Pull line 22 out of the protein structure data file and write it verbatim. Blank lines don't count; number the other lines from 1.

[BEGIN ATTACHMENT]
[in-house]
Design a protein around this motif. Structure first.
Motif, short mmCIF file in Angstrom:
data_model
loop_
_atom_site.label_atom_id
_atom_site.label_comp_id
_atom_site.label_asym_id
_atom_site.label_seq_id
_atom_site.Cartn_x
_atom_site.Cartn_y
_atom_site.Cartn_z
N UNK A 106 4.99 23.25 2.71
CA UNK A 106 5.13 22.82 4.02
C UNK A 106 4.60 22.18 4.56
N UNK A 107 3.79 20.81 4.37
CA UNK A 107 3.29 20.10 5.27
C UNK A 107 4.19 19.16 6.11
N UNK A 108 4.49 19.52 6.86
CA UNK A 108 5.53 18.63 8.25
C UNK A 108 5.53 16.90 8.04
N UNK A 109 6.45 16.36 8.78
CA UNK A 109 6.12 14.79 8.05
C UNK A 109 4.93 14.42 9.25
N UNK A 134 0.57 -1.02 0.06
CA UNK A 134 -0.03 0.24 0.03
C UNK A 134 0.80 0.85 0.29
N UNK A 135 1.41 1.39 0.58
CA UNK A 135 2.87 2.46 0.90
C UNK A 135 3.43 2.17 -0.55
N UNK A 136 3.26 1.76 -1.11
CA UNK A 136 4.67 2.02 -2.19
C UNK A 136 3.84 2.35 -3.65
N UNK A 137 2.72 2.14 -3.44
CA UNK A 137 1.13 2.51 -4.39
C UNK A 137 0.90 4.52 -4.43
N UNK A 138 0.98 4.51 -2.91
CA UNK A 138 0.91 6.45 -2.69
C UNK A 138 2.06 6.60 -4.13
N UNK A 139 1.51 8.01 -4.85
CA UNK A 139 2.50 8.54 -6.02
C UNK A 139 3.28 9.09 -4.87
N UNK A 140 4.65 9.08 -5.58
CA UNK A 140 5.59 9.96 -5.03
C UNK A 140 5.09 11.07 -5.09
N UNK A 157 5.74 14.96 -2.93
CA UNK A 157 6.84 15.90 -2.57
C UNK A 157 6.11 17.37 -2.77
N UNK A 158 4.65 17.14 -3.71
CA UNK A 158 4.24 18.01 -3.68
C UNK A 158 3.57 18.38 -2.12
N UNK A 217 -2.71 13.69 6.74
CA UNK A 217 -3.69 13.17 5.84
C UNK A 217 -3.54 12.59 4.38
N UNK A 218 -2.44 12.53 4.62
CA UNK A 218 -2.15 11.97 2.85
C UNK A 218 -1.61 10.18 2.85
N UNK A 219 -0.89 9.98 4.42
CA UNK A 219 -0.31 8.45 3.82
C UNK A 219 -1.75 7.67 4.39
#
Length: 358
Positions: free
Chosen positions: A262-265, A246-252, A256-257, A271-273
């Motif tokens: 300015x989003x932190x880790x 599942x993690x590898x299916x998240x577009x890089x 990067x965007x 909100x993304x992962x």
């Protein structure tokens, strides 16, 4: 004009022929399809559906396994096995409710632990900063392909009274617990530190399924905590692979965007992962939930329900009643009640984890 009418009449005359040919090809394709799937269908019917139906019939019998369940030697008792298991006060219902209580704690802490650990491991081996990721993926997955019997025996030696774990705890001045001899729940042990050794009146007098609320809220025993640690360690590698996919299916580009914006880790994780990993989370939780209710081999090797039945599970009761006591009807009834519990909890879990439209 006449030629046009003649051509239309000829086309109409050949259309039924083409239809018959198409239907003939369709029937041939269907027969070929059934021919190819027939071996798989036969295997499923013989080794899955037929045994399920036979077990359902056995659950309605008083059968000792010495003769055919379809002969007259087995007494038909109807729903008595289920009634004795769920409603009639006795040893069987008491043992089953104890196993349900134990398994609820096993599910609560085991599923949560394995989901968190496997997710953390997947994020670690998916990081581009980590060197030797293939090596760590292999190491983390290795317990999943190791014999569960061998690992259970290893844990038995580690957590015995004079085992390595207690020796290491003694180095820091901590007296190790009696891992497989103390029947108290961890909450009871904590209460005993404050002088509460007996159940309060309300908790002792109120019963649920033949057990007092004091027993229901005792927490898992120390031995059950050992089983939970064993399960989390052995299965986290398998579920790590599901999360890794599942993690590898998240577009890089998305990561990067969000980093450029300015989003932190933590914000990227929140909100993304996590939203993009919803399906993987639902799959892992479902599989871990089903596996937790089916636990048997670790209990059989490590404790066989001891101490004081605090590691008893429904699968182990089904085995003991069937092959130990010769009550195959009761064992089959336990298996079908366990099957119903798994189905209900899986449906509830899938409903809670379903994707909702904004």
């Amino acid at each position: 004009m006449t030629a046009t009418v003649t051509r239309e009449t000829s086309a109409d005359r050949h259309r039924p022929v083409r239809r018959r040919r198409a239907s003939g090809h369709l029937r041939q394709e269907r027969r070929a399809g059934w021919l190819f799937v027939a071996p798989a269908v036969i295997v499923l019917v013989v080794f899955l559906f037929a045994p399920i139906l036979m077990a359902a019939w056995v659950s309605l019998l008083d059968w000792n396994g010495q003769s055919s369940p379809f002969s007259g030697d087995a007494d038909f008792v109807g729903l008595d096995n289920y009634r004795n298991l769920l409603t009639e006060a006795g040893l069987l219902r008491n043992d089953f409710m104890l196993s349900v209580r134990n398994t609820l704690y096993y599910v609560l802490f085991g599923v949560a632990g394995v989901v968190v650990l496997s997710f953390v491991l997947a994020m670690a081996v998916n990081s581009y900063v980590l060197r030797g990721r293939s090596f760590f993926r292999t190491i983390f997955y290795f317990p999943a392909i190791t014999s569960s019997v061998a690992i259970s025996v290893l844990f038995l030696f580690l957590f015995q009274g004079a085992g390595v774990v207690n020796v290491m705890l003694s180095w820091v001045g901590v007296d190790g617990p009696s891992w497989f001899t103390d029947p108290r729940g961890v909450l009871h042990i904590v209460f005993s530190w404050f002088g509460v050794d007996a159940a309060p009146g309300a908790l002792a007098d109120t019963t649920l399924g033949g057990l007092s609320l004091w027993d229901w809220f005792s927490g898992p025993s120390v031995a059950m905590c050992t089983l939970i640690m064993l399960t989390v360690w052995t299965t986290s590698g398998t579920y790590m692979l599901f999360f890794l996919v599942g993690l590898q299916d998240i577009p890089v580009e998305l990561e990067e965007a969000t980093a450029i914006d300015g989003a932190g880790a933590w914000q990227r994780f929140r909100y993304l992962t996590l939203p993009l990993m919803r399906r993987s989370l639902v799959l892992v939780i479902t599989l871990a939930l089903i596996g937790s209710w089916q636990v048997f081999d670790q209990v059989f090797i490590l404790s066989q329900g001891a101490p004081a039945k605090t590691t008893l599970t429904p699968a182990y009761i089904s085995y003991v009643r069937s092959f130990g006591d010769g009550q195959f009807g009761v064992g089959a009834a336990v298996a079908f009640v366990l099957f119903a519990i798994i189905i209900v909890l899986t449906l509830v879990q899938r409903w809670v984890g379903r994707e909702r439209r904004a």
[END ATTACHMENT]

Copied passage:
N UNK A 109 6.45 16.36 8.78